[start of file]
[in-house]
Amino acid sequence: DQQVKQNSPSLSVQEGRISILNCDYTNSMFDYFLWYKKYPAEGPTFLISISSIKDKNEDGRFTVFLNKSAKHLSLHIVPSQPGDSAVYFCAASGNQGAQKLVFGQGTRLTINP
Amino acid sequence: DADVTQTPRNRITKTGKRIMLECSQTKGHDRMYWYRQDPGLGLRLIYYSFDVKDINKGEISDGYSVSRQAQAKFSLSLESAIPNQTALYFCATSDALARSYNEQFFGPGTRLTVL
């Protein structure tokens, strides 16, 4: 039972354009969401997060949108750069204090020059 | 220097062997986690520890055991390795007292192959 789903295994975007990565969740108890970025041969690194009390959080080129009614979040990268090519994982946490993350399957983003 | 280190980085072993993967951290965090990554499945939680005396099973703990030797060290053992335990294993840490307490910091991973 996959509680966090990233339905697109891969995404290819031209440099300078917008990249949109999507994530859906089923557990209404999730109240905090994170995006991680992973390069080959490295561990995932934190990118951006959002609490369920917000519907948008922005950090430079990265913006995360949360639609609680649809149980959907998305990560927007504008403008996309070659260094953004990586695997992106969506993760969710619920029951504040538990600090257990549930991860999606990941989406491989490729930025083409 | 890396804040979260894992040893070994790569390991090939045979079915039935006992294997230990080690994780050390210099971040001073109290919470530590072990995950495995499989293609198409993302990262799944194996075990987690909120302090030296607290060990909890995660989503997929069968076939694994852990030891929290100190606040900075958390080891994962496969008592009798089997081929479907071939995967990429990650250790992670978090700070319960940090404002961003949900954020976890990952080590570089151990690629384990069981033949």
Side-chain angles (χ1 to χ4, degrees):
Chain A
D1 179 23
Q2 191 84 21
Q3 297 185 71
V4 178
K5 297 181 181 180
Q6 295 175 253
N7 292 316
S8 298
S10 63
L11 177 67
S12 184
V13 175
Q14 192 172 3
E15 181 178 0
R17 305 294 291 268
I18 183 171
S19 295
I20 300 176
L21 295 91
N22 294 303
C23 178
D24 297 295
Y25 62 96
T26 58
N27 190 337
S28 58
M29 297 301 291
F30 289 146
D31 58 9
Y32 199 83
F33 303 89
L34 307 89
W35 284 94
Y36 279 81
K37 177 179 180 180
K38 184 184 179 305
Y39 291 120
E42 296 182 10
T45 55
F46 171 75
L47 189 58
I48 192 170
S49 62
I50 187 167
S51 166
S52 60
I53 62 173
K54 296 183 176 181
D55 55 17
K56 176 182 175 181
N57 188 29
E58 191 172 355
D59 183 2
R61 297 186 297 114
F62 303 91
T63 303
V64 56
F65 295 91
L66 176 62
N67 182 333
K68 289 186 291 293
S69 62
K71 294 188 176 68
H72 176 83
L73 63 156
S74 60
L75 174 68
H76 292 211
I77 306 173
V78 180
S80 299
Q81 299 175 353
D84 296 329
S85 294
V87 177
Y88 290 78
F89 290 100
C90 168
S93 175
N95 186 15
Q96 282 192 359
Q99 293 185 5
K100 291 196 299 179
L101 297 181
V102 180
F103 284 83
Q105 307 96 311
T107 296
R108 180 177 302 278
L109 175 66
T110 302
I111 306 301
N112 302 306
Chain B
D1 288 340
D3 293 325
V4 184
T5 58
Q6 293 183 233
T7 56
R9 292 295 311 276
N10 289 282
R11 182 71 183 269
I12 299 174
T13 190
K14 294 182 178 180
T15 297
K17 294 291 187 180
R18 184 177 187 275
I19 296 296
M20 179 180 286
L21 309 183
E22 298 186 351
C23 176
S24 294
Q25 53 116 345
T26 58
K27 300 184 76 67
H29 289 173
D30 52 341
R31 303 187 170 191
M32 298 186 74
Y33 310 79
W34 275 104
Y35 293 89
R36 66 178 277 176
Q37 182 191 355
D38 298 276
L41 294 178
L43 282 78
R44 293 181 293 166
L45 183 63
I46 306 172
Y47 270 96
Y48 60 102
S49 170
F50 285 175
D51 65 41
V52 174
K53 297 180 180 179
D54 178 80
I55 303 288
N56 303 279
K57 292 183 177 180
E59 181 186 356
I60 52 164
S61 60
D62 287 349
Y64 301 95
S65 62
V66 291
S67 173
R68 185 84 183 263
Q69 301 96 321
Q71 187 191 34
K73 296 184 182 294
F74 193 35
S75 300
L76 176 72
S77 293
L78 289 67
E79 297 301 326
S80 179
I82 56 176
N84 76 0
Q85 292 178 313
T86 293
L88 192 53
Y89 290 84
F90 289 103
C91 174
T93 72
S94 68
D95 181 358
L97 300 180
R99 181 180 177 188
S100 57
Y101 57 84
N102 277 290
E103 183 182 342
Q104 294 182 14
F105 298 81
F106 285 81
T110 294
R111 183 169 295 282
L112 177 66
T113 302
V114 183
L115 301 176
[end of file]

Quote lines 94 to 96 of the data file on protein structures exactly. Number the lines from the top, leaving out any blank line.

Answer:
T107 296
R108 180 177 302 278
L109 175 66